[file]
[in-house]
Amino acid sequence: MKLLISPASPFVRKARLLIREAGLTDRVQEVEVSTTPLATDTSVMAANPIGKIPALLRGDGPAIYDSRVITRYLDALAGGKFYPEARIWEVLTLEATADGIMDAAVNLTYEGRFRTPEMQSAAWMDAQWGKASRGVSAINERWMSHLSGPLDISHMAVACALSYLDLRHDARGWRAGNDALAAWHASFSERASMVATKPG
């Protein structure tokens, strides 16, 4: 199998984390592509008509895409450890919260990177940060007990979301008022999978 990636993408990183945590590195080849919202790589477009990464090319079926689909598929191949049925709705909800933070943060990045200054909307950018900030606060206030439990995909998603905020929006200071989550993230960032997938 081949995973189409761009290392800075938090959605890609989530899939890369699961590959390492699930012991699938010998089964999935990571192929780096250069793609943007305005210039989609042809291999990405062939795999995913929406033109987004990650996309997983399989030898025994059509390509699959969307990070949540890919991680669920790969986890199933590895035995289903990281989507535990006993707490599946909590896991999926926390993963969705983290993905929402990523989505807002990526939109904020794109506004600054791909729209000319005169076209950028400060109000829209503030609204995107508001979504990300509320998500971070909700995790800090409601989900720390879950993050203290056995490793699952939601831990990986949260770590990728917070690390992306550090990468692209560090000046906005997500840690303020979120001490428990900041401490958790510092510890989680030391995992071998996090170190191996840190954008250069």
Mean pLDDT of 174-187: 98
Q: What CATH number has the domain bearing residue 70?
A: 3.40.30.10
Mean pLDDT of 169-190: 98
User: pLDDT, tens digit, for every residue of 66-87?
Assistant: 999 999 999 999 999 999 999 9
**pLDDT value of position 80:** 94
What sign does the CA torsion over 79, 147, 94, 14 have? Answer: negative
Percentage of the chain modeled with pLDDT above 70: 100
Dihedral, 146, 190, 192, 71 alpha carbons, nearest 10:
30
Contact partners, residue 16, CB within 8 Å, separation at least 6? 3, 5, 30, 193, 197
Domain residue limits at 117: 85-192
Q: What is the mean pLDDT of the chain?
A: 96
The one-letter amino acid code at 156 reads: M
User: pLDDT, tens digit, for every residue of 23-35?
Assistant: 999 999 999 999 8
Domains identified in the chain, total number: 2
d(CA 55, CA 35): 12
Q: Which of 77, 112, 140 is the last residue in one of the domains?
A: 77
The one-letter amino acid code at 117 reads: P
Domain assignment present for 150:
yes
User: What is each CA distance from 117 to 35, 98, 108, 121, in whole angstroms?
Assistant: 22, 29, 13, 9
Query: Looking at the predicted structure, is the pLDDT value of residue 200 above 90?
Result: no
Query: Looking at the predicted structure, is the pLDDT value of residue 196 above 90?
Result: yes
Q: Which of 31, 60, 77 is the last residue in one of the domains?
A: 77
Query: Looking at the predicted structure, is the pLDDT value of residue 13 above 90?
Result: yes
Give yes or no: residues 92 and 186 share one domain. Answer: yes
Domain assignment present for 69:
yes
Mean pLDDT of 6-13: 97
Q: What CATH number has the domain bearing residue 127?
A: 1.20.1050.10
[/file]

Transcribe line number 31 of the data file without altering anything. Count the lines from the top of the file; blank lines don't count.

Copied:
Query: Looking at the predicted structure, is the pLDDT value of residue 200 above 90?